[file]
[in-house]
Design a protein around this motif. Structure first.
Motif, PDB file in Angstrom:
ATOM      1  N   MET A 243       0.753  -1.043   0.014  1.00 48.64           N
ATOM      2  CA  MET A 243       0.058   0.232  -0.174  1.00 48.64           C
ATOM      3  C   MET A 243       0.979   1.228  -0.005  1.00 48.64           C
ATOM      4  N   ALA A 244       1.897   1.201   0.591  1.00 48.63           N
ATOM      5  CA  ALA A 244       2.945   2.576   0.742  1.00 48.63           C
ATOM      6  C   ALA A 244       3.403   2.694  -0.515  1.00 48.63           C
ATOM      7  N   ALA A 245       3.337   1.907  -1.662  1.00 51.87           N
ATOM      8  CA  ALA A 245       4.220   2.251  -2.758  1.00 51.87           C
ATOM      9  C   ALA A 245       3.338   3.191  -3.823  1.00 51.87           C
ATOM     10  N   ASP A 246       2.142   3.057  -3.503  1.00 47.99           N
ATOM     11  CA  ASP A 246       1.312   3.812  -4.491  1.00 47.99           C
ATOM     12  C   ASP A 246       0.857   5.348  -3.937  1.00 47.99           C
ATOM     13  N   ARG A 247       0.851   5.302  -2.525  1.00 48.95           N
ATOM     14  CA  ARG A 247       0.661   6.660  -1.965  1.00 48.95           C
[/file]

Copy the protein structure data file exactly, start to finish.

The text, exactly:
[in-house]
Design a protein around this motif. Structure first.
Motif, PDB file in Angstrom:
ATOM      1  N   MET A 243       0.753  -1.043   0.014  1.00 48.64           N
ATOM      2  CA  MET A 243       0.058   0.232  -0.174  1.00 48.64           C
ATOM      3  C   MET A 243       0.979   1.228  -0.005  1.00 48.64           C
ATOM      4  N   ALA A 244       1.897   1.201   0.591  1.00 48.63           N
ATOM      5  CA  ALA A 244       2.945   2.576   0.742  1.00 48.63           C
ATOM      6  C   ALA A 244       3.403   2.694  -0.515  1.00 48.63           C
ATOM      7  N   ALA A 245       3.337   1.907  -1.662  1.00 51.87           N
ATOM      8  CA  ALA A 245       4.220   2.251  -2.758  1.00 51.87           C
ATOM      9  C   ALA A 245       3.338   3.191  -3.823  1.00 51.87           C
ATOM     10  N   ASP A 246       2.142   3.057  -3.503  1.00 47.99           N
ATOM     11  CA  ASP A 246       1.312   3.812  -4.491  1.00 47.99           C
ATOM     12  C   ASP A 246       0.857   5.348  -3.937  1.00 47.99           C
ATOM     13  N   ARG A 247       0.851   5.302  -2.525  1.00 48.95           N
ATOM     14  CA  ARG A 247       0.661   6.660  -1.965  1.00 48.95           C